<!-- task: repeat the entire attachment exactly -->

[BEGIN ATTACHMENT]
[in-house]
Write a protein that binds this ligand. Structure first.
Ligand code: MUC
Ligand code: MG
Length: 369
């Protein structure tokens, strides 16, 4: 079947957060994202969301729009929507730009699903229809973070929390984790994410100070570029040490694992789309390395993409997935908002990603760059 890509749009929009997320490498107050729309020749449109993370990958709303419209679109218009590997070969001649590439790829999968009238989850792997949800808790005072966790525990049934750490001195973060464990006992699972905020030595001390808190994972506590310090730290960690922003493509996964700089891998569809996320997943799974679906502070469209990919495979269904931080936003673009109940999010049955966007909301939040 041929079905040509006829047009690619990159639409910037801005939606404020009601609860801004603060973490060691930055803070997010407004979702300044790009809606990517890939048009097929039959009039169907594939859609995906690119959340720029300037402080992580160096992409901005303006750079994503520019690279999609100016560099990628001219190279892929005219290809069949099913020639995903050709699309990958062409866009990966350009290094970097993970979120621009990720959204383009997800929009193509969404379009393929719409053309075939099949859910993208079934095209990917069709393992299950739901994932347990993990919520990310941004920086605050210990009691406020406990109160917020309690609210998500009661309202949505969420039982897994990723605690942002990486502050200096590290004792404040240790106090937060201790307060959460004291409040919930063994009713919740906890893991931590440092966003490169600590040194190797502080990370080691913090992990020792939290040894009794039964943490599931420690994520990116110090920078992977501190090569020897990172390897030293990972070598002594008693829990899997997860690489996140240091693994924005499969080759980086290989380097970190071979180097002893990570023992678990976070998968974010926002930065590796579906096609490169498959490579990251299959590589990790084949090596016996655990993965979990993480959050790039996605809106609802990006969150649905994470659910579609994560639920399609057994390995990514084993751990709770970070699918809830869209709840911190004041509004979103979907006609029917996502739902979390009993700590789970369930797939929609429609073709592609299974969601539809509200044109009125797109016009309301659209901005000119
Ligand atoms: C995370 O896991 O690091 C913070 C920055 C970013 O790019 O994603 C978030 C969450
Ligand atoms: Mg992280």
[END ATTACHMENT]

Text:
[in-house]
Write a protein that binds this ligand. Structure first.
Ligand code: MUC
Ligand code: MG
Length: 369
């Protein structure tokens, strides 16, 4: 079947957060994202969301729009929507730009699903229809973070929390984790994410100070570029040490694992789309390395993409997935908002990603760059 890509749009929009997320490498107050729309020749449109993370990958709303419209679109218009590997070969001649590439790829999968009238989850792997949800808790005072966790525990049934750490001195973060464990006992699972905020030595001390808190994972506590310090730290960690922003493509996964700089891998569809996320997943799974679906502070469209990919495979269904931080936003673009109940999010049955966007909301939040 041929079905040509006829047009690619990159639409910037801005939606404020009601609860801004603060973490060691930055803070997010407004979702300044790009809606990517890939048009097929039959009039169907594939859609995906690119959340720029300037402080992580160096992409901005303006750079994503520019690279999609100016560099990628001219190279892929005219290809069949099913020639995903050709699309990958062409866009990966350009290094970097993970979120621009990720959204383009997800929009193509969404379009393929719409053309075939099949859910993208079934095209990917069709393992299950739901994932347990993990919520990310941004920086605050210990009691406020406990109160917020309690609210998500009661309202949505969420039982897994990723605690942002990486502050200096590290004792404040240790106090937060201790307060959460004291409040919930063994009713919740906890893991931590440092966003490169600590040194190797502080990370080691913090992990020792939290040894009794039964943490599931420690994520990116110090920078992977501190090569020897990172390897030293990972070598002594008693829990899997997860690489996140240091693994924005499969080759980086290989380097970190071979180097002893990570023992678990976070998968974010926002930065590796579906096609490169498959490579990251299959590589990790084949090596016996655990993965979990993480959050790039996605809106609802990006969150649905994470659910579609994560639920399609057994390995990514084993751990709770970070699918809830869209709840911190004041509004979103979907006609029917996502739902979390009993700590789970369930797939929609429609073709592609299974969601539809509200044109009125797109016009309301659209901005000119
Ligand atoms: C995370 O896991 O690091 C913070 C920055 C970013 O790019 O994603 C978030 C969450
Ligand atoms: Mg992280």